Album Review: Blueprint, “Adventures in Counter Culture”

Blueprint's new album, Adventures in Counter Culture

By Tom Roth

Hip-hop fans hear Blueprint and think of Jay Z. The famed album went twice platinum as the radio-favorite track, “Izzo (H.O.V.A.)” charted at #8 on Billboard’s Hot 100 in October of 2001. At that time, a little-known Ohio rapper was nursing an early career, promoting his 1999 debut album from Weightless Recordings, Up to Speed. His name? Albert Sheperd, also known by his stage name, Blueprint.

A decade later, Blueprint has established himself as a stable member of the hip-hop community, building an impressive repertoire thanks to collaborations with Minnesota-based indie-fame-machine, Rhymesayers Entertainment. Eighteen albums and EPs provide a solid argument for Blueprint’s case as bona-fide rap legend and his latest release, Adventures in Counterculture, should be ample evidence to sway any unconvinced jurors.

As in any courtroom, everybody is looking for the “truth” and Print is no exception. From Adventures’ lyrics, it’s easy to tell “truth” was the artist’s foremost concern in making the album. More important than the catchy beat on “Fly Away” is what the words mean. While the funky 80’s synth-beat has John Hughes nodding in his grave, the track’s lyrics are a laundry list of reasons to “pack my bags/take flight/spread my wings/take flight”.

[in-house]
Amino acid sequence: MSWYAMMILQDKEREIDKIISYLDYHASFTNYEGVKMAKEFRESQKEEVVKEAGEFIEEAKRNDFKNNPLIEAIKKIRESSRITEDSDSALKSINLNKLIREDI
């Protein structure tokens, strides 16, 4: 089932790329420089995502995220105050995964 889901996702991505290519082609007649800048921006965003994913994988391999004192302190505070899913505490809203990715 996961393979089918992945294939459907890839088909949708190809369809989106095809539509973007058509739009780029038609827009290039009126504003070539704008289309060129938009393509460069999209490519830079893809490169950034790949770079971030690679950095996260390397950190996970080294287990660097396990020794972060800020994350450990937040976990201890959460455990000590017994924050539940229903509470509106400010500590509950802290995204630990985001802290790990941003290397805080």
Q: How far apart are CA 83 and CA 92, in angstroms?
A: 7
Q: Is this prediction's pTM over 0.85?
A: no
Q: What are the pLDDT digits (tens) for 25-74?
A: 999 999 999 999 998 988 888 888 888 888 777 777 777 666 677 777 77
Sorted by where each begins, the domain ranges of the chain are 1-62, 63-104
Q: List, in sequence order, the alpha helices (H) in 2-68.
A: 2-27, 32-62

“My Culture” takes the same concern, but on a macro scale. Earning an “amen” cry from the listener, Blueprint laments “Iran and North Korea building nuclear bombs/Iraq and Afghanistan caught up in our wars/So when these rappers only rap about a home or a broad/Its cause they don’t know what’s happening at home or abroad”. Truth? It’s hard to argue otherwise in a world where Ke$ha spends 70 weeks on the Hot 100 charts.

Print’s choice of track titles seems to almost poke fun at the hip-hop artists who are better acquainted with the radio-waves. “Go Hard or Go Home” may share the same title as a banger off of E-40’s 2006 album, but you won’t find 40-Water rappin’ about the song-making process: “even in the smallest things he can hear a hit/Isolate the main part where the spirit is/Then magnify it in size until it’s a hit/I put things in places where they shouldn’t fit”. By the same token, “Keep Bouncing” may produce thoughts of Too

Short who wouldn’t in a million years admit to being broke as a joke or “makin’ out with busted-ass ladies”.

Print’s lyrics on Adventures are surgical in their precision. Time and again, he says exactly how he feels, exactly when he means to say it. “What’s Print’s life about? The same thing I rhyme about”. Case closed.